A cross-collateralized loan is where one piece of collateral secures more than one loan.
Credit unions often cross-collateralize credit card and signature loans with car loans, which can be disastrous for the borrower.
Everyone knows that if you buy a car with a loan, the lender has a lien against the car to secure the payment.
The lien allows the creditor to repossess the car if you do not make all of the payments.
why is a cross-collateralized loan bad?
A cross-collateralization agreement allows the lien against the collateral (such as your car) to secure additional debts other than the car loan.
- This means that if you don’t pay a credit card that is cross-collateralized with your car, then the creditor can repossess your car.
- This is true even if you are current on the car loan!
- Very few people who sign cross collateralization agreements realize that they are agreeing to this sort of treatment
The contract language that creates the cross-collateralization is often buried deep in the fine print, and it is not obvious when you are signing the financing agreement.
Credit Unions almost always have cross-collateralization agreements.
- Be careful if they ask you to sign something called a loan liner agreement, this will cross-collateralize your debts.
HOW DO YOU PROTECT YOURSELF FROM CROSS-COLLATERALIZED CAR LOANS?
The best way is to make sure not to take out credit cards or signature loans from the same lender that gave you the car loan.
- Make sure not to have any other loans from the bank where you have your car loan
- Banks won’t cross-collateralize the loans of other banks, so this way you are safe
- You should also avoid borrowing from credit unions, as they almost always have borrowers sign cross-collateralization agreements
Credit unions like to put your car at risk to make sure that they get paid on risky loans like credit cards and signature loans.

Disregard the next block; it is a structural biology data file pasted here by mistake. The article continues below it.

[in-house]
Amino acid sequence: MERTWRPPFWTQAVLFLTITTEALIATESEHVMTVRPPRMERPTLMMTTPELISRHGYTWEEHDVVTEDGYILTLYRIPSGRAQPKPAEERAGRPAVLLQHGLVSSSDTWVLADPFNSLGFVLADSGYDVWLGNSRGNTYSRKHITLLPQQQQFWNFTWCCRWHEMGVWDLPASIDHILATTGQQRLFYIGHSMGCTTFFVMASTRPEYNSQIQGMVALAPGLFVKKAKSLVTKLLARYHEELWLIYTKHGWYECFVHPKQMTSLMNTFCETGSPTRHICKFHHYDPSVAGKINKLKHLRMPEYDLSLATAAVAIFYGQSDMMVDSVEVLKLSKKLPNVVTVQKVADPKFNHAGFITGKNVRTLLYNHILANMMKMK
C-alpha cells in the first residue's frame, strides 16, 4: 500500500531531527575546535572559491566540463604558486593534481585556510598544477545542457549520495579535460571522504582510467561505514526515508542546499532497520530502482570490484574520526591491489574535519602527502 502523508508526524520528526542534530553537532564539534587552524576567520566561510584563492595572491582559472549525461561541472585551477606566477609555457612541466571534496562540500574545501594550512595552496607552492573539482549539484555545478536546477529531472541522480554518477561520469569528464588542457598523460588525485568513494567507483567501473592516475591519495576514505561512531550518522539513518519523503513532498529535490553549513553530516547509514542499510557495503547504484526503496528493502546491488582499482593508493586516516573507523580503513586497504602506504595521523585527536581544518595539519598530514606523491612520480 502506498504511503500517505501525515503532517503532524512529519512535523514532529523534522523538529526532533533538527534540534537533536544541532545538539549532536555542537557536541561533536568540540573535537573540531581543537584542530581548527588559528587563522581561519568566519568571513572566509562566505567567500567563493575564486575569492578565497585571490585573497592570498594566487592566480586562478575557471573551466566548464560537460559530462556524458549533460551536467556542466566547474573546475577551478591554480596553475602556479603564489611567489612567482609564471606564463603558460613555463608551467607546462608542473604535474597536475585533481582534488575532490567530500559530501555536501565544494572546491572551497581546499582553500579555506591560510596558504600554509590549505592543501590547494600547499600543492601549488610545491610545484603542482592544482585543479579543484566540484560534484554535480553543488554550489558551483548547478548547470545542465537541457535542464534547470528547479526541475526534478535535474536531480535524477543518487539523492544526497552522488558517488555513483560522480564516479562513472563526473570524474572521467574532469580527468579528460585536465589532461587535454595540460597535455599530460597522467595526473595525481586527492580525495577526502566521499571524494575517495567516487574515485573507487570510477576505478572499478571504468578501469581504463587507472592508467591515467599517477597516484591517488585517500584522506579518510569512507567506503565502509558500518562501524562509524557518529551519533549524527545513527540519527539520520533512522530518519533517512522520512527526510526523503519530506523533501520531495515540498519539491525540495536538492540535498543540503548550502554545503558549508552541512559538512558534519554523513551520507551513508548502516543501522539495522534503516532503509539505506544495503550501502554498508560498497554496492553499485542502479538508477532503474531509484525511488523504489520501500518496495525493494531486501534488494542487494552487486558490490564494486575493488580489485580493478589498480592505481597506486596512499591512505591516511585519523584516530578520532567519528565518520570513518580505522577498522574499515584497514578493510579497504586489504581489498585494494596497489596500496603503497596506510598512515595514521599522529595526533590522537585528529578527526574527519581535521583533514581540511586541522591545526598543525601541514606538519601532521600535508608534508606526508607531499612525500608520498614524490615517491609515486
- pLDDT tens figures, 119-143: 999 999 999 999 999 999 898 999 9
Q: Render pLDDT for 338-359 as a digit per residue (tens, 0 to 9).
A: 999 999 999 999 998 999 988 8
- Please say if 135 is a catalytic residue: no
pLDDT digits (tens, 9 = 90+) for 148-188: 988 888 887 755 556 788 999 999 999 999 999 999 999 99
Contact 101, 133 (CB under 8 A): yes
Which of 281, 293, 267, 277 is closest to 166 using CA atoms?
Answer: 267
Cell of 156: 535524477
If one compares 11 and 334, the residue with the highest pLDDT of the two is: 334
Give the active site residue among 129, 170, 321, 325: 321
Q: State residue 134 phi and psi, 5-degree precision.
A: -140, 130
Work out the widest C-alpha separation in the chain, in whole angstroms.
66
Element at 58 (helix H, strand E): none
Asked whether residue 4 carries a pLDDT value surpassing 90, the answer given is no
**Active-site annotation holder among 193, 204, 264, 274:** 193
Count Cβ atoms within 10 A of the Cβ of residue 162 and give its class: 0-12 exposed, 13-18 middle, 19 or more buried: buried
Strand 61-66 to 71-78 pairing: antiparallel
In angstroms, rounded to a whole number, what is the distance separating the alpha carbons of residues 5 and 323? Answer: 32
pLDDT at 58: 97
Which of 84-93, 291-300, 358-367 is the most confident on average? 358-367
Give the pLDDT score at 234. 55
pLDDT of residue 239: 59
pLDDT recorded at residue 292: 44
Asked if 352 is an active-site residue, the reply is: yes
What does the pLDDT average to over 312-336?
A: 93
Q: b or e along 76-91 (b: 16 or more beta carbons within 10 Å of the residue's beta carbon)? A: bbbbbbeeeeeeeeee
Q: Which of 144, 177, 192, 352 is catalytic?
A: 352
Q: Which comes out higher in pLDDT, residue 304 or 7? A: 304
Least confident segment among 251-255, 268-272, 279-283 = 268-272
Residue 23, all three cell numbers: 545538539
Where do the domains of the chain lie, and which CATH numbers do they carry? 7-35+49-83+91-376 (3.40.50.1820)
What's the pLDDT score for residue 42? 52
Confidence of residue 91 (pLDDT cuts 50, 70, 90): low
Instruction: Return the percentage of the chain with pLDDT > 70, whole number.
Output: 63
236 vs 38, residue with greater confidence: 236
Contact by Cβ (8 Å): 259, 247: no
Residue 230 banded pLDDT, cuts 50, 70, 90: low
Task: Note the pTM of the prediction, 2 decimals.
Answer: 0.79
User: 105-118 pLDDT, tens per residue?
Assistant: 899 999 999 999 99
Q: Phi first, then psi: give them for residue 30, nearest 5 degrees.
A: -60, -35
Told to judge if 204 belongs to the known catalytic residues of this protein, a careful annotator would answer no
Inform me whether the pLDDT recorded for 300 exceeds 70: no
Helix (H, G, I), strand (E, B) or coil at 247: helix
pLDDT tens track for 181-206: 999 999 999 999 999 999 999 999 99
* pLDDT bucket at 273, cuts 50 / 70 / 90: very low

HOW DO CROSS-COLLATERALIZED CAR LOANS WORK IN BANKRUPTCY?
If you file for bankruptcy when you have a cross-collateralized loan, you have two choices on what to do with the collateral:
1. Reaffirm all of the loans
- You could reaffirm all of the loans that are secured by the collateral and continue making payments after the bankruptcy until they are all paid off
This allows you to keep the collateral, but means that you will have to pay off debts that would be dischargeable in bankruptcy if there were no cross-collateralization agreement.
2. Surrender the collateral
- You could surrender the collateral and allow the bank to repossess it, then you will have no more debts at the end of the bankruptcy
Unfortunately, you will also lose the collateral, however this is probably the better option if the loans secured by the collateral are worth much more than the collateral.
You can also take some more complicated actions in a Chapter 13 bankruptcy, but filing a Chapter 13 Bankruptcy has additional consequences that are too complicated to list here.
WHAT TO DO NEXT
If you’ve discovered that you’ve got a cross-collateralized loan, and want to know if there’s something you can do about it, and whether filing for Chapter 7 Bankruptcy or Chapter 13 Bankruptcy in Minnesota is right for you, then why not not speak to us now at 612.824.4357?
We’ll give you all the help and advice you need.
We’re looking forward to helping you.